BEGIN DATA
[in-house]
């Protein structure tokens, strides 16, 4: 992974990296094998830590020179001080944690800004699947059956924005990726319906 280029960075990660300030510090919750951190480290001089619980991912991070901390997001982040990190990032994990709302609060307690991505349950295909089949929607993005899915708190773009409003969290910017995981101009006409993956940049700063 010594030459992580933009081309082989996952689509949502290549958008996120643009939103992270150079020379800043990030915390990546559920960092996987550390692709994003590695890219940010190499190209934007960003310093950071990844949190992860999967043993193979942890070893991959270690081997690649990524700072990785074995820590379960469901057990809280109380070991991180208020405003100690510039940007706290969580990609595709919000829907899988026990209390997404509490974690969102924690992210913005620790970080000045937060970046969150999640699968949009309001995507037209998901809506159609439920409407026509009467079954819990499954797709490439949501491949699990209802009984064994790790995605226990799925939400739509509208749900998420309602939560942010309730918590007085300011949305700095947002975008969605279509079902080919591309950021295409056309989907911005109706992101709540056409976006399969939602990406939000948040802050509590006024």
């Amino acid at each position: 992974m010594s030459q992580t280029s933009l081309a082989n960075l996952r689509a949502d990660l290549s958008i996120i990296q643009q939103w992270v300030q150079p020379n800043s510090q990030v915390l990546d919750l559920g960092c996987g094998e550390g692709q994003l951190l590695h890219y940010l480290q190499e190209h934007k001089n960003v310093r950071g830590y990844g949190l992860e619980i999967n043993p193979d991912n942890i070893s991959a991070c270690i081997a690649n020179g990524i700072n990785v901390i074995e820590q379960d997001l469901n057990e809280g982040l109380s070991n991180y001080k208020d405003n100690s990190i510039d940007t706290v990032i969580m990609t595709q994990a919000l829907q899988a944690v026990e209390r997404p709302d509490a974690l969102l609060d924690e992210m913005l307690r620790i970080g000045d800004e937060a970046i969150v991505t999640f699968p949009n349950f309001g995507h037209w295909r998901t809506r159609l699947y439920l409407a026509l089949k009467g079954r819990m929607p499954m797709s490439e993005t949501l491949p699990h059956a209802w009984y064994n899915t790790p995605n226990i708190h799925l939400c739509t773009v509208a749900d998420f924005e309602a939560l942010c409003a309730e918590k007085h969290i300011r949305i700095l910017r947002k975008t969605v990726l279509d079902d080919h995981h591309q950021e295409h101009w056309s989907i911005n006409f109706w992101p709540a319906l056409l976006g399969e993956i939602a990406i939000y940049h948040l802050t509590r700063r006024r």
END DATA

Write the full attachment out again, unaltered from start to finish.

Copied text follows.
[in-house]
């Protein structure tokens, strides 16, 4: 992974990296094998830590020179001080944690800004699947059956924005990726319906 280029960075990660300030510090919750951190480290001089619980991912991070901390997001982040990190990032994990709302609060307690991505349950295909089949929607993005899915708190773009409003969290910017995981101009006409993956940049700063 010594030459992580933009081309082989996952689509949502290549958008996120643009939103992270150079020379800043990030915390990546559920960092996987550390692709994003590695890219940010190499190209934007960003310093950071990844949190992860999967043993193979942890070893991959270690081997690649990524700072990785074995820590379960469901057990809280109380070991991180208020405003100690510039940007706290969580990609595709919000829907899988026990209390997404509490974690969102924690992210913005620790970080000045937060970046969150999640699968949009309001995507037209998901809506159609439920409407026509009467079954819990499954797709490439949501491949699990209802009984064994790790995605226990799925939400739509509208749900998420309602939560942010309730918590007085300011949305700095947002975008969605279509079902080919591309950021295409056309989907911005109706992101709540056409976006399969939602990406939000948040802050509590006024």
């Amino acid at each position: 992974m010594s030459q992580t280029s933009l081309a082989n960075l996952r689509a949502d990660l290549s958008i996120i990296q643009q939103w992270v300030q150079p020379n800043s510090q990030v915390l990546d919750l559920g960092c996987g094998e550390g692709q994003l951190l590695h890219y940010l480290q190499e190209h934007k001089n960003v310093r950071g830590y990844g949190l992860e619980i999967n043993p193979d991912n942890i070893s991959a991070c270690i081997a690649n020179g990524i700072n990785v901390i074995e820590q379960d997001l469901n057990e809280g982040l109380s070991n991180y001080k208020d405003n100690s990190i510039d940007t706290v990032i969580m990609t595709q994990a919000l829907q899988a944690v026990e209390r997404p709302d509490a974690l969102l609060d924690e992210m913005l307690r620790i970080g000045d800004e937060a970046i969150v991505t999640f699968p949009n349950f309001g995507h037209w295909r998901t809506r159609l699947y439920l409407a026509l089949k009467g079954r819990m929607p499954m797709s490439e993005t949501l491949p699990h059956a209802w009984y064994n899915t790790p995605n226990i708190h799925l939400c739509t773009v509208a749900d998420f924005e309602a939560l942010c409003a309730e918590k007085h969290i300011r949305i700095l910017r947002k975008t969605v990726l279509d079902d080919h995981h591309q950021e295409h101009w056309s989907i911005n006409f109706w992101p709540a319906l056409l976006g399969e993956i939602a990406i939000y940049h948040l802050t509590r700063r006024r």